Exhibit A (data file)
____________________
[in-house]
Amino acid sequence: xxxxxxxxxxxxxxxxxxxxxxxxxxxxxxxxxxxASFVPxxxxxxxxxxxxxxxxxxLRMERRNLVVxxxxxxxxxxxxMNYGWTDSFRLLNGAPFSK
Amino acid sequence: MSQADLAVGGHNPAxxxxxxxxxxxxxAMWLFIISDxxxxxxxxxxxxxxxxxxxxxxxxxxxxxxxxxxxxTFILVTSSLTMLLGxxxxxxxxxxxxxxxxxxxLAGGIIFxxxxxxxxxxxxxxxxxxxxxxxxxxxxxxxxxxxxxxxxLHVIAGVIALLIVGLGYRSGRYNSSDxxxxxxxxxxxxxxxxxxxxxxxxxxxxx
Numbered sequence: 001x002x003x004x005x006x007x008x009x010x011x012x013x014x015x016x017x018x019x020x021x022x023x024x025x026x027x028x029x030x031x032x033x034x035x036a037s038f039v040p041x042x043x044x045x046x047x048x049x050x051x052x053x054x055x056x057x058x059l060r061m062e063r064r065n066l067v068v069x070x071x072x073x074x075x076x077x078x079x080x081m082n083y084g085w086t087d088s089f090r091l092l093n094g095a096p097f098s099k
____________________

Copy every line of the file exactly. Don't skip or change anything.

[in-house]
Amino acid sequence: xxxxxxxxxxxxxxxxxxxxxxxxxxxxxxxxxxxASFVPxxxxxxxxxxxxxxxxxxLRMERRNLVVxxxxxxxxxxxxMNYGWTDSFRLLNGAPFSK
Amino acid sequence: MSQADLAVGGHNPAxxxxxxxxxxxxxAMWLFIISDxxxxxxxxxxxxxxxxxxxxxxxxxxxxxxxxxxxxTFILVTSSLTMLLGxxxxxxxxxxxxxxxxxxxLAGGIIFxxxxxxxxxxxxxxxxxxxxxxxxxxxxxxxxxxxxxxxxLHVIAGVIALLIVGLGYRSGRYNSSDxxxxxxxxxxxxxxxxxxxxxxxxxxxxx
Numbered sequence: 001x002x003x004x005x006x007x008x009x010x011x012x013x014x015x016x017x018x019x020x021x022x023x024x025x026x027x028x029x030x031x032x033x034x035x036a037s038f039v040p041x042x043x044x045x046x047x048x049x050x051x052x053x054x055x056x057x058x059l060r061m062e063r064r065n066l067v068v069x070x071x072x073x074x075x076x077x078x079x080x081m082n083y084g085w086t087d088s089f090r091l092l093n094g095a096p097f098s099k